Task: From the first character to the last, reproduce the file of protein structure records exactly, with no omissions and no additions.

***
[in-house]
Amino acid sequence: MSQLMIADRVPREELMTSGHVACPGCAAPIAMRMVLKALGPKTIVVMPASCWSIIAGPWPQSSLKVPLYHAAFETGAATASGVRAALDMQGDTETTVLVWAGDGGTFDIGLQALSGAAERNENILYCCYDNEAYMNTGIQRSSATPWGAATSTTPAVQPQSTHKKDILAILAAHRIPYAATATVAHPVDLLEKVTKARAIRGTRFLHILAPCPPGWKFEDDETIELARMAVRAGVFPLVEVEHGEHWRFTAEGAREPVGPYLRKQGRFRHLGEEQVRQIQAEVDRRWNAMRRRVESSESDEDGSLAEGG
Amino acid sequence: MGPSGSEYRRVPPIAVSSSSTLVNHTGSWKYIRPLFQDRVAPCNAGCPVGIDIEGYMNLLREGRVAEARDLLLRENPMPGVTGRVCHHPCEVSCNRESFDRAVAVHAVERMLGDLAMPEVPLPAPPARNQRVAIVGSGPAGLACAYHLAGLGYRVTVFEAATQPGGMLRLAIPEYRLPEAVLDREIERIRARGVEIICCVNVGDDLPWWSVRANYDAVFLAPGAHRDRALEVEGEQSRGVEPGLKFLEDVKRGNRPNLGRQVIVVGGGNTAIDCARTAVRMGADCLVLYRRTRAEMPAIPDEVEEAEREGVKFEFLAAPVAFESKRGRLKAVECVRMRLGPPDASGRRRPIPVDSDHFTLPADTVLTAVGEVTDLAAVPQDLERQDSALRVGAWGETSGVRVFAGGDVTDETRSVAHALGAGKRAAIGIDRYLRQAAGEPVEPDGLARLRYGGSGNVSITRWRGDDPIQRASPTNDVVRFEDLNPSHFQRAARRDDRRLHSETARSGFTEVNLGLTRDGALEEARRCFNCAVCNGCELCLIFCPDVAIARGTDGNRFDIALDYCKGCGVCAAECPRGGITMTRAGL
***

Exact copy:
[in-house]
Amino acid sequence: MSQLMIADRVPREELMTSGHVACPGCAAPIAMRMVLKALGPKTIVVMPASCWSIIAGPWPQSSLKVPLYHAAFETGAATASGVRAALDMQGDTETTVLVWAGDGGTFDIGLQALSGAAERNENILYCCYDNEAYMNTGIQRSSATPWGAATSTTPAVQPQSTHKKDILAILAAHRIPYAATATVAHPVDLLEKVTKARAIRGTRFLHILAPCPPGWKFEDDETIELARMAVRAGVFPLVEVEHGEHWRFTAEGAREPVGPYLRKQGRFRHLGEEQVRQIQAEVDRRWNAMRRRVESSESDEDGSLAEGG
Amino acid sequence: MGPSGSEYRRVPPIAVSSSSTLVNHTGSWKYIRPLFQDRVAPCNAGCPVGIDIEGYMNLLREGRVAEARDLLLRENPMPGVTGRVCHHPCEVSCNRESFDRAVAVHAVERMLGDLAMPEVPLPAPPARNQRVAIVGSGPAGLACAYHLAGLGYRVTVFEAATQPGGMLRLAIPEYRLPEAVLDREIERIRARGVEIICCVNVGDDLPWWSVRANYDAVFLAPGAHRDRALEVEGEQSRGVEPGLKFLEDVKRGNRPNLGRQVIVVGGGNTAIDCARTAVRMGADCLVLYRRTRAEMPAIPDEVEEAEREGVKFEFLAAPVAFESKRGRLKAVECVRMRLGPPDASGRRRPIPVDSDHFTLPADTVLTAVGEVTDLAAVPQDLERQDSALRVGAWGETSGVRVFAGGDVTDETRSVAHALGAGKRAAIGIDRYLRQAAGEPVEPDGLARLRYGGSGNVSITRWRGDDPIQRASPTNDVVRFEDLNPSHFQRAARRDDRRLHSETARSGFTEVNLGLTRDGALEEARRCFNCAVCNGCELCLIFCPDVAIARGTDGNRFDIALDYCKGCGVCAAECPRGGITMTRAGL